Hearing Alter say this, it’s impossible not to think about the famous song composed by her father, musician and filmmaker Naftali Alter – “Yonatan, Go Home” – to lyrics by Yehonatan Gefen. It was the first song he ever wrote, and that happened while he was living in England. Asked in a recent interview whether he created such a perfect melody because he personally experienced the sense of foreignness that the song talks about, Alter replied: “That’s part of it. When Yehonatan wrote ‘The people are healthy but the sun there is sick’ – I knew exactly what he was talking about. Or the opening line – ‘A big city without soldiers.’ Only we can understand that.”
'Kids in a candy store'
Roni Alter’s new album preserves her underlying melancholic tone, with the texture of musical colors slowly spreading in water, but it also differs from her debut album in many ways. First of all, it is in English. Alter doesn’t make a big deal of this.
“It makes sense to me that an album that was written almost entirely in France should be in English and not in Hebrew,” she explains. “And it doesn’t mean that I switched to English and that’s where I’ll stay forever. This album is in English. Who knows what the next one will sound like?”
Another key difference is that Alter wrote the words and music to all the songs on “Go Wild”; on her previous album, "Air Pocket," she wrote the lyrics to just three songs, and none of the music. “After that album came out, it was like a creative faucet suddenly opened in me. Something was freed.”
In Paris, Alter also got to know the Israeli-born singer Keren Ann: “I was a fan of hers before I became her friend. She was my favorite musician in the world. And suddenly I’m sitting there in her house and she’s listening to my songs. She put on earphones and asked me to stay. You have no idea how nervous I was. I was sweating in places I didn’t know I could sweat in. I was flushed all over. Finally, she gave me the most positive feedback and introduced me to people from her record company. It gave me a lot of confidence.”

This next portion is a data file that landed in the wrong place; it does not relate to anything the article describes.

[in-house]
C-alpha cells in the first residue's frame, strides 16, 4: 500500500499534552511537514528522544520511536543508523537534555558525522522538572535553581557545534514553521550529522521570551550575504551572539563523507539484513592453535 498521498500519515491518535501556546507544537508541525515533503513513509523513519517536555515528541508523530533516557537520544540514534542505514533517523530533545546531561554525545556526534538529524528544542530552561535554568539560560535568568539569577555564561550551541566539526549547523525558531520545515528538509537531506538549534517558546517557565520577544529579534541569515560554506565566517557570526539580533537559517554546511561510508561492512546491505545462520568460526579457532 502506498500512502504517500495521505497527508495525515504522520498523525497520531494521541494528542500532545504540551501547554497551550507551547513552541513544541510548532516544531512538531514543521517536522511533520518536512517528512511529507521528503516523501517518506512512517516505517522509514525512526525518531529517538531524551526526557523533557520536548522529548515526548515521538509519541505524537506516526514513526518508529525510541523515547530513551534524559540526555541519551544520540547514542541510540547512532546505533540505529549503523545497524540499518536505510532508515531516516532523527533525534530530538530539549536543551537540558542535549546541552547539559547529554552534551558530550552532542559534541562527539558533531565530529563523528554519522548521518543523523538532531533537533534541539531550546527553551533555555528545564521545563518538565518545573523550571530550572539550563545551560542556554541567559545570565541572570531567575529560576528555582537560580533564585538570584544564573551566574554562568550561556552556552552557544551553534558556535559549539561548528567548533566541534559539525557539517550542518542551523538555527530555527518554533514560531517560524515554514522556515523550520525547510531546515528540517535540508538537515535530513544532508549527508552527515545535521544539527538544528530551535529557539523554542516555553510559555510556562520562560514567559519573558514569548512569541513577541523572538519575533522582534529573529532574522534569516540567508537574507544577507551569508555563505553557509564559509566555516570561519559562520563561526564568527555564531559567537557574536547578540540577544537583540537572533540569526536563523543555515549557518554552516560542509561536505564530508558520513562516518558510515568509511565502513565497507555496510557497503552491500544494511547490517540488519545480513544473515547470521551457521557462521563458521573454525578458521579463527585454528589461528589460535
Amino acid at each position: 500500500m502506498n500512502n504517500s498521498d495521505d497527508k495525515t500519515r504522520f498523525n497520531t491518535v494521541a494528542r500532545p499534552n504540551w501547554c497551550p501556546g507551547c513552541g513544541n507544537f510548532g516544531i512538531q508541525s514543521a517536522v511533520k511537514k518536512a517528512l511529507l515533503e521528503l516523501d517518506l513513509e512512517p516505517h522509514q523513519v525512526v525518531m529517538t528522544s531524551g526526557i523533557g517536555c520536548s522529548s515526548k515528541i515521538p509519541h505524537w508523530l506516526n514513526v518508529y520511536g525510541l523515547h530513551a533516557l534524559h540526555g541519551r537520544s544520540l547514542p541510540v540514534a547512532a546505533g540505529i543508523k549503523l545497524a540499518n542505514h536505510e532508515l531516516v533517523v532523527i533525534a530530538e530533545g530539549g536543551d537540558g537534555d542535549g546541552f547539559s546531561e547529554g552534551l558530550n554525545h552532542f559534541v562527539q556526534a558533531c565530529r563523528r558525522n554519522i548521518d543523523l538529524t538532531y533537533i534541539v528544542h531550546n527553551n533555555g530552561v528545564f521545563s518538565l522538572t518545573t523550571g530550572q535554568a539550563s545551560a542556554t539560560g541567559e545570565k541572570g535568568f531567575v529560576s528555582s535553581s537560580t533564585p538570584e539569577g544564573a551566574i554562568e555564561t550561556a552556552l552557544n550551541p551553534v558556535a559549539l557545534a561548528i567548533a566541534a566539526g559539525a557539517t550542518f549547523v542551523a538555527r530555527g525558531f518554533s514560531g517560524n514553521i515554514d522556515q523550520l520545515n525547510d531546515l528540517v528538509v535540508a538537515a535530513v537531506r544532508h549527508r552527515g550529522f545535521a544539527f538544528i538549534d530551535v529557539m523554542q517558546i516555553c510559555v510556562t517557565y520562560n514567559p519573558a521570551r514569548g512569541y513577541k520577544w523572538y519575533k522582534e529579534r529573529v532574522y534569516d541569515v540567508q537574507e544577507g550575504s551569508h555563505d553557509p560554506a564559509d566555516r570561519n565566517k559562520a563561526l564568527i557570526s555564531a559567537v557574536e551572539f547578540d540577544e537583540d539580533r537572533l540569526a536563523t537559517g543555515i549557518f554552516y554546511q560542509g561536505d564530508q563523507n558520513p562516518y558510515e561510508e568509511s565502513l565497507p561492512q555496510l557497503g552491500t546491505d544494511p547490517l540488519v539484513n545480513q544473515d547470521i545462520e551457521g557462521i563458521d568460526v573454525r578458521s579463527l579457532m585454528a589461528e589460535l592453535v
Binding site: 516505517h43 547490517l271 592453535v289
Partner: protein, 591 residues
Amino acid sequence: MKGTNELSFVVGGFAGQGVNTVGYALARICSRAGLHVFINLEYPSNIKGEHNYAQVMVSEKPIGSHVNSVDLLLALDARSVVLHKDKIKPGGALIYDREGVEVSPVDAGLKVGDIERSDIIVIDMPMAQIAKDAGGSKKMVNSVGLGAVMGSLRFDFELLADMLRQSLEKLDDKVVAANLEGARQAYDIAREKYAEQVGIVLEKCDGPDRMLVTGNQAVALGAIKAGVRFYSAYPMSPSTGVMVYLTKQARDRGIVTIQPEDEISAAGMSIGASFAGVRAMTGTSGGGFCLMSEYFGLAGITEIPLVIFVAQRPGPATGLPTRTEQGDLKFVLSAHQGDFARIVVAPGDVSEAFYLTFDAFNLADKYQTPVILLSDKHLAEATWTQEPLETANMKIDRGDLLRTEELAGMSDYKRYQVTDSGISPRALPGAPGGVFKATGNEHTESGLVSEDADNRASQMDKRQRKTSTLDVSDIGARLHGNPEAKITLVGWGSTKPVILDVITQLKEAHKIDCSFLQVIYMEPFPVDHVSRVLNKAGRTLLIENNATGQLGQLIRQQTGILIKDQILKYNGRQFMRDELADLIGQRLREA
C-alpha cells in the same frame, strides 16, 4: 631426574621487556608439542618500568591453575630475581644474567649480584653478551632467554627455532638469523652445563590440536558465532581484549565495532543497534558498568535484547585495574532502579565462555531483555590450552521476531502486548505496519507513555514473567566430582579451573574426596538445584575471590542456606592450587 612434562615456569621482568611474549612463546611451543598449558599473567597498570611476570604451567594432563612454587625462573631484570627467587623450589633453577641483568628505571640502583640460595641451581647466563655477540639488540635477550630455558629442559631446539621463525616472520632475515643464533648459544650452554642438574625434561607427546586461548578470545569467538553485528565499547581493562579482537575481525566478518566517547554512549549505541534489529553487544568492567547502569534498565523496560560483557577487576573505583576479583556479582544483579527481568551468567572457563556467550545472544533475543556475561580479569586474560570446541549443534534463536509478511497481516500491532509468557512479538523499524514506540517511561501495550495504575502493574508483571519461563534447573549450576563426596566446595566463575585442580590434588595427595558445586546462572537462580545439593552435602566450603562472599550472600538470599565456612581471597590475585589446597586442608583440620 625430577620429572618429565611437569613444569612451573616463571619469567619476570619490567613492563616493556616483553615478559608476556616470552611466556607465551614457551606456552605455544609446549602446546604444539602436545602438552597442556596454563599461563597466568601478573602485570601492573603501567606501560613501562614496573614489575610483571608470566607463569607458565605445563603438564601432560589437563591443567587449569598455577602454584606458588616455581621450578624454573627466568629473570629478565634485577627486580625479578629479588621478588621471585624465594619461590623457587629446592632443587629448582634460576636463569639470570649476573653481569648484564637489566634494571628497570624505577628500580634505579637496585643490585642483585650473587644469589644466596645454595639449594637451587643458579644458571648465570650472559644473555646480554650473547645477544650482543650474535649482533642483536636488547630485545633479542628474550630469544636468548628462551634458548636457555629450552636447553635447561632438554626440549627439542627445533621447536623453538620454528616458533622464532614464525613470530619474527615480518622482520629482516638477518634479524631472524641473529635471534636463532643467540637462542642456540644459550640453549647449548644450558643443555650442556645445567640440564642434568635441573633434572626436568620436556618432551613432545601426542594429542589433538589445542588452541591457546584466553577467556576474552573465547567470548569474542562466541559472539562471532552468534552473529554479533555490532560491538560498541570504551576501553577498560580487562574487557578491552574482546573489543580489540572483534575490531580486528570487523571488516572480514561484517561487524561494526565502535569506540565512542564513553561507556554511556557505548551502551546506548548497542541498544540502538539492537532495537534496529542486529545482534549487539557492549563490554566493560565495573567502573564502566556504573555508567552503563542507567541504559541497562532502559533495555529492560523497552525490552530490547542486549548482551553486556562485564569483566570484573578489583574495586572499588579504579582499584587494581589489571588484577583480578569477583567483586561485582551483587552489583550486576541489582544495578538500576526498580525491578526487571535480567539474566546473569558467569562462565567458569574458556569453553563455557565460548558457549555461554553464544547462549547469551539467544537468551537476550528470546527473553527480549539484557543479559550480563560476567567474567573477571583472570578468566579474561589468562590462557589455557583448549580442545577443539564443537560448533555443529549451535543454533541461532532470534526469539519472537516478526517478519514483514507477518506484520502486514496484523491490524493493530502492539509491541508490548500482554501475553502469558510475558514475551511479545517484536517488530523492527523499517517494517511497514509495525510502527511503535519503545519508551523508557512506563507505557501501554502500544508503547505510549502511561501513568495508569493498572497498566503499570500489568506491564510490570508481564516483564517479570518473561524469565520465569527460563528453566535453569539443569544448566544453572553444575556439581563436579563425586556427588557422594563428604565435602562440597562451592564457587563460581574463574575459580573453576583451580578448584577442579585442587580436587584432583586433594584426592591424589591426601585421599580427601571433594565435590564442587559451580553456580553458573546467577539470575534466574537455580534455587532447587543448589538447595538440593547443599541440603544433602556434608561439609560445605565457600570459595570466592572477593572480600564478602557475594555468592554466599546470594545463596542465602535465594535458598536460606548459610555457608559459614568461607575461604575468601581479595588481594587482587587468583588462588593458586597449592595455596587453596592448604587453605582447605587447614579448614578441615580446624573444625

Alter recorded “Go Wild” in Paris with Alon Lotringer, who produced the album and played most of the instruments, along with drummer Shahar Haziza. Avishai Cohen popped by the studio and contributed his marvelous trumpet-playing to a few of the tracks. The studio in which they recorded the album, CBE Studio, is steeped in history.
“All the greats recorded there,” says Alter. “Serge Gainsbourg, Edith Piaf, Johnny Hallyday. A very low-tech studio. All the cables were held together with masking tape. But all the equipment that was there! In Israel you could only dream about them, like 200 kinds of keyboards. And the ambience. The sofa was the same one that was there 40 years ago ... We were like kids in a candy store.”
The cover of "Go Wild" conveys a bleak, perhaps even slightly disturbing, feeling. There is much melancholy in Alter’s songs, and it’s evident right from start of the album. The first track is called “Lazy,” but the words and music and Alter’s singing show that the song is not referring to laziness in the simple sense of the word, but to a deeper existential feeling of an inability to act. In "Air Pocket," Alter referred to this as “dying a little.”
“I have sadness in me, which comes out in the songs and in their sound and in my singing,” says Alter. “It contrasts with the way I act most of the time. I’m usually the joker in the group. I used to think it was weird to joke and be sarcastic in interviews when I was writing such depressing songs. But it’s okay. I’ve learned to accept it. There are all sorts of layers. You can be funny when you’re with people – and then want to die a little, or a lot, when you’re at home.”
Adds Alter: “I don’t like to shout when I sing or when I fight. I’m not good at it. Anger that comes out restrained and calm and soft is a lot scarier than anger that is screamed at the top of your lungs.”